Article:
Casio has clearly updated the look of the Casio Pro Trek Smart WSD-F20 compared to the WSD-F10. This includes a more aggressive-looking design with a black bezel and new pusher protectors. The design looks a bit more like other watches in the Pro Trek family, which is probably a good thing. Color options for the time being seem to be black and metallic orange - which were the same colors available for the original model. Overall, I would say that the Casio Pro Trek Smart WSD-F20 has an upgraded design and is going to be more handsome than the original WSD-F10.

Durability seems to be more or less unchanged with 50 meters of water resistant and military spec MIL-STD-810 durability standards. Size also remains pretty big at 56.4mm wide, by 61.7mm long, and 15.7mm thick. Though the watch is very light at just 92g. Casio promises "more than one day" of battery life, which can be up to a month if the watch is only in timekeeping mode (no connections). In addition to GPS, the Casio Pro Trek Smart WSD-F20 also, of course, has both WiFi and Bluetooth connectivity.

Casio Pro Trek Smart WSD-F20 GPS Watch Watch Releases

The Casio Pro Trek Smart WSD-F20 is also among the first smartwatches to feature Google Android 2.0 as its operating system. Google has been lagging a bit on releasing its updated wearable operating system. After a full review, I'll be able to comment more on the functionality of the watch with Android Wear as well as Casio's own proprietary software which worked rather well on the WSD-F10. The screen on the Casio Pro Trek Smart WSD-F20 is 1.32 inches in size, and is a dual layer TFT LCD. Dual layer implies that there is a monochromatic screen over the full-color screen which is used for a handy always-on display which means you can see the time even when the main screen is off. It works nicely, even if the screen on the Samsung Gear S3 is more advanced when it comes to having an always-on display.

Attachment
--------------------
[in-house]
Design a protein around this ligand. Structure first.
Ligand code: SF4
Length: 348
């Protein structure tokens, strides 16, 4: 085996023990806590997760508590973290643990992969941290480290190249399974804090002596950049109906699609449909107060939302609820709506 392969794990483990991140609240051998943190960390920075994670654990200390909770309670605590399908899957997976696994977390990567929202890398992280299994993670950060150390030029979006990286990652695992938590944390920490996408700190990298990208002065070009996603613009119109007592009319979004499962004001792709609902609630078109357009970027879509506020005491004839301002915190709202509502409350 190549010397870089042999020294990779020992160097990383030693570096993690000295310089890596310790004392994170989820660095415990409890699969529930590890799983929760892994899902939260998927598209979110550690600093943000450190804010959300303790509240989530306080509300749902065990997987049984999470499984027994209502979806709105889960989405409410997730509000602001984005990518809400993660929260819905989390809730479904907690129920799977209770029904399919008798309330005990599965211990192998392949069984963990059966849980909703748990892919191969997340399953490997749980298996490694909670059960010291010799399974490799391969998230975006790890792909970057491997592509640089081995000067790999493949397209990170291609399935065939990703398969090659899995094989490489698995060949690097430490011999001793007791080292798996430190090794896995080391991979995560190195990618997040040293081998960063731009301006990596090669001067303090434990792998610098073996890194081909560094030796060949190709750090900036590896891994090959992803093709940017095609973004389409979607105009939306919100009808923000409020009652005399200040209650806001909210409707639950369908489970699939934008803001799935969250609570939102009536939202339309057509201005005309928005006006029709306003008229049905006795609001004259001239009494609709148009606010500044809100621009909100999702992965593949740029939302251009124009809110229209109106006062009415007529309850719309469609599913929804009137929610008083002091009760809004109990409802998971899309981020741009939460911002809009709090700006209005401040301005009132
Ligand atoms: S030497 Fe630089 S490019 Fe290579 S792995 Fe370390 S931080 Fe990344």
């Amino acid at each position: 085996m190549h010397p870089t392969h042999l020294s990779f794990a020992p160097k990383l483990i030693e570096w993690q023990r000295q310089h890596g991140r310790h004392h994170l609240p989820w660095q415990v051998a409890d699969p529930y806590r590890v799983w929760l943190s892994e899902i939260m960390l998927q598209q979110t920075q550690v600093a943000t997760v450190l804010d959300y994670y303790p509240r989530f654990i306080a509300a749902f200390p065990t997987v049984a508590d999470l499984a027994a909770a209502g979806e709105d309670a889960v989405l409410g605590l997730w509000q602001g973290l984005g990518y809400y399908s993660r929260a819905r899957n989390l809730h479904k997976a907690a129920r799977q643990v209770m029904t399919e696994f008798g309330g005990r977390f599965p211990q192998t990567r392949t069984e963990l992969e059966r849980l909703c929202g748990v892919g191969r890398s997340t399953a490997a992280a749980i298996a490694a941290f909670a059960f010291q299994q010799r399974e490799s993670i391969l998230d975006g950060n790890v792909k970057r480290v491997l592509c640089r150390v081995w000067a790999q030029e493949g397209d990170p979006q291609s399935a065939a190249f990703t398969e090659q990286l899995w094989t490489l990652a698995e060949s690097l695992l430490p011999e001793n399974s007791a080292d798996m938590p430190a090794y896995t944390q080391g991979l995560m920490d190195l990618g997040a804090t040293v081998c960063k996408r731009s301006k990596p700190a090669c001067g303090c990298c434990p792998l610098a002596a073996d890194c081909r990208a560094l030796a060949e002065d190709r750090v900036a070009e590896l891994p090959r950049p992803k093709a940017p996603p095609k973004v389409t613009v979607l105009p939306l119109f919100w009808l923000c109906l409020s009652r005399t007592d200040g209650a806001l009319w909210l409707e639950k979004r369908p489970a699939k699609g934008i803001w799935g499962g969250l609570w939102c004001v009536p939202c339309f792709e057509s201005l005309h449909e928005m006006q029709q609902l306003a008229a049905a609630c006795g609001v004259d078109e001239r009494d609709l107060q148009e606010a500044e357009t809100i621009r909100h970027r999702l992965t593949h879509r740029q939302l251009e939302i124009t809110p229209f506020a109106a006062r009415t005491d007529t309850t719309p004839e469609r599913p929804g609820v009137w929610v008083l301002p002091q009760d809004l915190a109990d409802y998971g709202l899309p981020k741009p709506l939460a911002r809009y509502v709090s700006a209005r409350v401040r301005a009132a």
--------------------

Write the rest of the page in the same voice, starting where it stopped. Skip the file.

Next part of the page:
Casio Pro Trek Smart WSD-F20 GPS Watch Watch Releases

Casio Pro Trek Smart WSD-F20 GPS Watch Watch Releases

Don't forget that this is a Pro-Trek watch and that means Casio continues to include built-in sensors for the altimeter, barometer, and compass. The watch also has the standard gyrometer and accelerometer that most smartwatches have these days.

With upgraded looks and functionality, this is the best smartwatch Casio has made so far. More importantly, we see Casio becoming more comfortable about including smartwatches in their greater family of popular watches, and also offering solid value propositions to consumers of why and when to use such a device - something many other smartwatch makers have struggled with. If you are a regular outdoors trekker who likes having the latest tech as your travel companion, then the Casio Pro Trek Smart WSD-F20 will likely be on your short list of smartwatches to consider. Price for the reference WSD-F20-RG (orange) and WSD-F20-BK (black) will be around $500 and availability is set to begin on April 21, 2017. wsd.casio.com

What do you think?
  • I want it! (107)
  • Thumbs up (18)
  • I love it! (17)
  • Interesting (11)
  • Classy (1)
  • A_watches

    now this is a proper tool watch

    • SuperStrapper

      …for weekend warriors within arm’s reach of an outlet.

      • AJC1973

        or a battery pack

  • Casio forever…

  • Adam Young

    I think this looks pretty interesting, and could be a good choice for the tech savvy outdoorsman. I must say though the 56.4mm diameter means it’s definitely not for me. I think that drawing of someone tapping the screen to get a map is actually to scale 😀

  • SuperStrapper

    I’ve still yet to find a real outdoor each that can replace my old and trusty PAG240. I know it is time, seeing how the tech in that watch is so long in the tooth, but despite all their prowess Casio has never made such a complete offering as the 240. This one ticks a lot of boxes, and the ability to download map data and use it essentially offline (no tethering requirement anyway) is a big plus (did I miss the map resolution? The screen is small, so I’m hope 1:24k range. The dual layer lcd is nice, and likely the evolution of the duplex lcd that I love about the 240.

    The purchase killer is the battery. No solar charging, and only one day of battery. Unacceptable. So I don’t need to bring my phone, but I do need to bring power. I have solar charging as part of my standard Kit, but I rarely use it, and bringing it out daily wouldn’t work for me, and in overcast conditions I might go without for days? No. My 240 has never shut down once in all the years I’ve had it. The smallest trickle of light, natural or not, keeps it going. And it live through the winter in my outdoor bin with zero light: once charged it will run for months without additional charging. No, this new watch uses way more power, and as a compromise I would be fine with a notable reduction in reserve, but one day is way out of scope for someone who might actually use this in a real outdoors scenario.